small eureka moment #2: in plank if I try to extend my heels backwards I can’t help lock my knees — which doesn’t seem a good thing. Perhaps there’s an in-between action I’ll eventually find… I think I have the same experience in Tadasana as well, which figures.

small eureka moment #3: because I’m lacking in energy today I found it helpful to turn some poses around 90 degrees so that I could practice lying down instead of sitting up. So for example I could practice a more relaxed shape like seated Paschimottanasana using a strap round my feet, lying on my back, gently exploring the relationship between my lower back as I extended my spine along the mat and angled my legs.

small eureka moment #4: My meditation teacher often used the expression ‘friendly awareness’ to encourage me to confront physical and mental discomfort. I think I’m just starting to understand something about how I might practice this in my yoga.

So not a bad day really.

Plus I found that modifications can apply to more in life that making asanas more comfortable: I just discovered that if I put a mixing bowl on top of the kitchen stool rather than the somewhat higher workbench, it’s loads less tiring on my arms to make cake batter!

The things yoga helps with, eh?

And now I reckon it’s nap time.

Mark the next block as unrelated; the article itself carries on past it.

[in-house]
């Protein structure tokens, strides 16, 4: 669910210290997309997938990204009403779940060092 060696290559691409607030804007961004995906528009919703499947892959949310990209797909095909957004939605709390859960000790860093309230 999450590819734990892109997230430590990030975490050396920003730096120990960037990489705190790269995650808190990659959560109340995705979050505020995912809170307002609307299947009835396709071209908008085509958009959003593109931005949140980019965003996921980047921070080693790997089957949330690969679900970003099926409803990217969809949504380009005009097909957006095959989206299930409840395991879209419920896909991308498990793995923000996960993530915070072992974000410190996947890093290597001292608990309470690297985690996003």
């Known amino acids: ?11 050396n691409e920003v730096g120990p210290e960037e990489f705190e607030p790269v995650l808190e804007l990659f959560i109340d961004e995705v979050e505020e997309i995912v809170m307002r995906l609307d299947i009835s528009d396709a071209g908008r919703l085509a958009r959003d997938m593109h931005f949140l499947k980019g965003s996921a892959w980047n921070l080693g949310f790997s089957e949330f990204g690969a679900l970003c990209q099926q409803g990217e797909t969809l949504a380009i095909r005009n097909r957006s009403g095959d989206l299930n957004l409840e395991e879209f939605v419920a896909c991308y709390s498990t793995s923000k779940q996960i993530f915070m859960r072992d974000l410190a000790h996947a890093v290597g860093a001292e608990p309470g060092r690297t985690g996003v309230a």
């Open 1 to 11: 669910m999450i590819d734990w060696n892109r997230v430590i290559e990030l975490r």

5 thoughts on “Well, hello aching muscles! You haven’t been around for a while!

Add yours

  1. Sthira sukham asanam – it’s all about balance. I had an idea that to practise astanga yoga I needed to do full primary or secondary every day. This lead to an injury that definitely slowed things down. Now I see the wisdom in varying my practice day to day, depending upon what’s going on in my bodymind.
    You have such an inspiring attitude to practice and to life, babycrow, and you enrich other lives by sharing it. Thank you!

    Liked by 2 people

  2. Similar lessons for me too. I learnt the hard way that all I need to do is not listen to my mind but very attentively to my body.
    Modifications from asana have translated into my life off the mat as well. Mostly sit cross legged while working, am barefeet all day except when I step out of home (contemplating running barefeet too but guess it will be a while). I’m thoroughly fascinated by the human body and end up observing similarities and differences between different bodies.

    Liked by 1 person

    1. I’m glad to hear our experiences are similar. I came across a quote once “the mind yells, the heart whispers’ which is very true for me. But now my body has started communicating at a volume somewhere between the two. so much to listen to! but it’s all good! 🙂
      On barefoot running, have you tried barefoot running shoes as a way to start (but they too need cautious use)?

      Liked by 1 person

      1. Walked barefoot a few times but haven’t quite gotten over the inhibition to run on the roads without any shoes! Some day…
        It’s been over half a year since I got rid of my slippers at home and my feet feel more stronger. I’ve found arches developing, no twisting of my ankles and open soles.